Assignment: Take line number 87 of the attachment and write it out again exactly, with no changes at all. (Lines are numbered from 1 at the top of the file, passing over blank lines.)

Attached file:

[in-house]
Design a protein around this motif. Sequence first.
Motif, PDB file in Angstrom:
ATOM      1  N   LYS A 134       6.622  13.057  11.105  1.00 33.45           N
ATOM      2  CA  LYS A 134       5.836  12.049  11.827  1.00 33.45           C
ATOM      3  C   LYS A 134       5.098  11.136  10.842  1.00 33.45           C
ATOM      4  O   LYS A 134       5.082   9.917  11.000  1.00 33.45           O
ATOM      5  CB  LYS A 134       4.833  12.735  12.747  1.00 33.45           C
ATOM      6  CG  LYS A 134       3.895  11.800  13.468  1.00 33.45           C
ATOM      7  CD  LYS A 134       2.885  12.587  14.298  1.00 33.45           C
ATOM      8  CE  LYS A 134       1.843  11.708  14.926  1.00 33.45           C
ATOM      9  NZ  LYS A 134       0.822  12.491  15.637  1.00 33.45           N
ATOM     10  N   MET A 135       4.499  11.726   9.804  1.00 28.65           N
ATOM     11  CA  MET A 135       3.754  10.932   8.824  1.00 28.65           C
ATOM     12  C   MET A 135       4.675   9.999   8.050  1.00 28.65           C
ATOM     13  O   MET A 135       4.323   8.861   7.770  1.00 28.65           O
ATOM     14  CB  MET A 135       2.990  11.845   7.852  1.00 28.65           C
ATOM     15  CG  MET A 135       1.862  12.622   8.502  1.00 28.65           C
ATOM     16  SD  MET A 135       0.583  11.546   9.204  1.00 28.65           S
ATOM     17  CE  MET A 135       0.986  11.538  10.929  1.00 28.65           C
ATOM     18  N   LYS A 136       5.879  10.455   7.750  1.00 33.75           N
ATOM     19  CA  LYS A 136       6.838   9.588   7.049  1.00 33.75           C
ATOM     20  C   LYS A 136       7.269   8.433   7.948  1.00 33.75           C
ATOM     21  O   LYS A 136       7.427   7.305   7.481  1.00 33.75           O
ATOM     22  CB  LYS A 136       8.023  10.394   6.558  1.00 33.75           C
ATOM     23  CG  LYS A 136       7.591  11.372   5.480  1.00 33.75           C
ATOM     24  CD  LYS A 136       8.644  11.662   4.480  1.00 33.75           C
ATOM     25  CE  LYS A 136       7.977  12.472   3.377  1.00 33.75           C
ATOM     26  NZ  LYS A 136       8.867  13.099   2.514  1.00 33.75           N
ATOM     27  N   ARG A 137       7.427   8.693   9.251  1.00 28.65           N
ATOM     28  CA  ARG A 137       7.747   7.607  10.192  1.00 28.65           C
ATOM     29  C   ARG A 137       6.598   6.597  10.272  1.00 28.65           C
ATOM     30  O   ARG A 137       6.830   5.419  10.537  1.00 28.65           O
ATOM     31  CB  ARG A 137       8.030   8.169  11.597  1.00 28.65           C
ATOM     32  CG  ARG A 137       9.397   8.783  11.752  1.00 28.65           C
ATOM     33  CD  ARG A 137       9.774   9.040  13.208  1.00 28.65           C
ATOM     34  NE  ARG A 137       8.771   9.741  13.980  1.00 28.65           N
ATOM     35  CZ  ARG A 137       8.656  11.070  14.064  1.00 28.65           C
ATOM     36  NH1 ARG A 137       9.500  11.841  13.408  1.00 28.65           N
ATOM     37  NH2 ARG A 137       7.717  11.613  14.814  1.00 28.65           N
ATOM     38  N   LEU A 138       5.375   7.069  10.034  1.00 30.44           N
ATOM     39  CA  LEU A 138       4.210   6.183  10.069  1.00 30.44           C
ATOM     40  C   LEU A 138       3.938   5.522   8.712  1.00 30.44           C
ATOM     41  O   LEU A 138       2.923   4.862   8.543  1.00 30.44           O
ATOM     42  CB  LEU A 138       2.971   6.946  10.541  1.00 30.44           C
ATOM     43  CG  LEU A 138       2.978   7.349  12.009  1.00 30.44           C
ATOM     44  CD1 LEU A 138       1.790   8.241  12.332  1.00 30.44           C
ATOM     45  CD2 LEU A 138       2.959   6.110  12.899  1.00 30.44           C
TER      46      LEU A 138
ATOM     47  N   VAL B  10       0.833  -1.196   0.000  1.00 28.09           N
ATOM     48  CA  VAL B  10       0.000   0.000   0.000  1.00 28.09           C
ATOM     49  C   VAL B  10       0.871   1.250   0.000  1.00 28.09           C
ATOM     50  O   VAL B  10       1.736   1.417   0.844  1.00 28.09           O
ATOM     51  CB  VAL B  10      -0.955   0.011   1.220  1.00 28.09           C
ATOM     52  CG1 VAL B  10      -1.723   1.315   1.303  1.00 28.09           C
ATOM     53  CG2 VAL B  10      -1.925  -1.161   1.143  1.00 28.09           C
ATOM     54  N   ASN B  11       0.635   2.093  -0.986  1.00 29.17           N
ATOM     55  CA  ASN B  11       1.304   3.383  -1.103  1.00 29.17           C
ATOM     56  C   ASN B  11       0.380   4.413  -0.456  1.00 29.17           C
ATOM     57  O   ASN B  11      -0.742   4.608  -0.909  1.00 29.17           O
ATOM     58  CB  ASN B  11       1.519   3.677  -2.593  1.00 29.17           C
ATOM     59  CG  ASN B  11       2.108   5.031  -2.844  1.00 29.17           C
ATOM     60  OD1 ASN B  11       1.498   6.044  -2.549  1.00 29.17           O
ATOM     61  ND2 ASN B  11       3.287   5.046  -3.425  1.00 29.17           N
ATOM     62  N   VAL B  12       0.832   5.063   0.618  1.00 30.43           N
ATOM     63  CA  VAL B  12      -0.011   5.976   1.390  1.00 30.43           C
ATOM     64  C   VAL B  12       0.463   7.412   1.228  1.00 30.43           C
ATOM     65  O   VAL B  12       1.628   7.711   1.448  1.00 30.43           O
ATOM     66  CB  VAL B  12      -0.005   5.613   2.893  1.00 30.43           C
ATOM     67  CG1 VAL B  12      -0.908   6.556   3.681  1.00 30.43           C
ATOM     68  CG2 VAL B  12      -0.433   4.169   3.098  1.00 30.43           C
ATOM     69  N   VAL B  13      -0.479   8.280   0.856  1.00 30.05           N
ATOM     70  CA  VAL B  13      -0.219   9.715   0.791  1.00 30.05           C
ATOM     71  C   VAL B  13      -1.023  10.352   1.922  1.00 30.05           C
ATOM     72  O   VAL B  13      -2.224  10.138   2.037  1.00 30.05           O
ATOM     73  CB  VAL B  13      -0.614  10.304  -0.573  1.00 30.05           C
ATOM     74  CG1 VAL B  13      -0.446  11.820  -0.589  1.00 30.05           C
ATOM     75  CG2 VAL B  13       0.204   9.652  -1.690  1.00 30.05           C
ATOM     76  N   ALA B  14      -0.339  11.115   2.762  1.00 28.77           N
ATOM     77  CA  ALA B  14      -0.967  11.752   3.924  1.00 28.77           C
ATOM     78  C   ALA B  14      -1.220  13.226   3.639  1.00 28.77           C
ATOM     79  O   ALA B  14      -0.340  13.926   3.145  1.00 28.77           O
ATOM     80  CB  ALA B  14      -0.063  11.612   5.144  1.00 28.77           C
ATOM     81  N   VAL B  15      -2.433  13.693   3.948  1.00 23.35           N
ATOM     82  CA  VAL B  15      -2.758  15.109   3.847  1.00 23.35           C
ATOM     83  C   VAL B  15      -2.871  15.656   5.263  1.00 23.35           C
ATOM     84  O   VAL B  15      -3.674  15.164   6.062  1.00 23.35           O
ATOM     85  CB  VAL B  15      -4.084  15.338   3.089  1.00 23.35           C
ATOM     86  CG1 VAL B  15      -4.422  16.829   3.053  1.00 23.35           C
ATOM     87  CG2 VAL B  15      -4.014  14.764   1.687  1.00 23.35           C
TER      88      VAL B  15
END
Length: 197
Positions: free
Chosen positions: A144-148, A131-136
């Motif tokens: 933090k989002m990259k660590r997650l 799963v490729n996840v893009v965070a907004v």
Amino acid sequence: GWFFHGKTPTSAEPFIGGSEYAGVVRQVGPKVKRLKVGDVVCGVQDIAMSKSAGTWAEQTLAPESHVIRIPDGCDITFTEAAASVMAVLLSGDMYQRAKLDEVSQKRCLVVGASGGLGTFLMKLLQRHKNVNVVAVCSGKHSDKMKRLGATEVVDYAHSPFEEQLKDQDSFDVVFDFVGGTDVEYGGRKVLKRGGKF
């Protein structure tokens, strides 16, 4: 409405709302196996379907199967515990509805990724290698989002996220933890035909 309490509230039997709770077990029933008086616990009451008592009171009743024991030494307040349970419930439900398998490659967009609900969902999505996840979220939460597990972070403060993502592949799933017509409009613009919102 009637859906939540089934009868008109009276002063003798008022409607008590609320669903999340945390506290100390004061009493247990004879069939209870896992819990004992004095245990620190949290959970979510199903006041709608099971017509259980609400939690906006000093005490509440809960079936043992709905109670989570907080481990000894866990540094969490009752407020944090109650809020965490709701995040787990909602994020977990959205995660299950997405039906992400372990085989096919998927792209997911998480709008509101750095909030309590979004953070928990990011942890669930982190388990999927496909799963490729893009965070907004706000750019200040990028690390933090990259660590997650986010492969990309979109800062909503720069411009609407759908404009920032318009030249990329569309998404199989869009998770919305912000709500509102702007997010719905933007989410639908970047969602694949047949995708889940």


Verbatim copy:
ATOM     84  O   VAL B  15      -3.674  15.164   6.062  1.00 23.35           O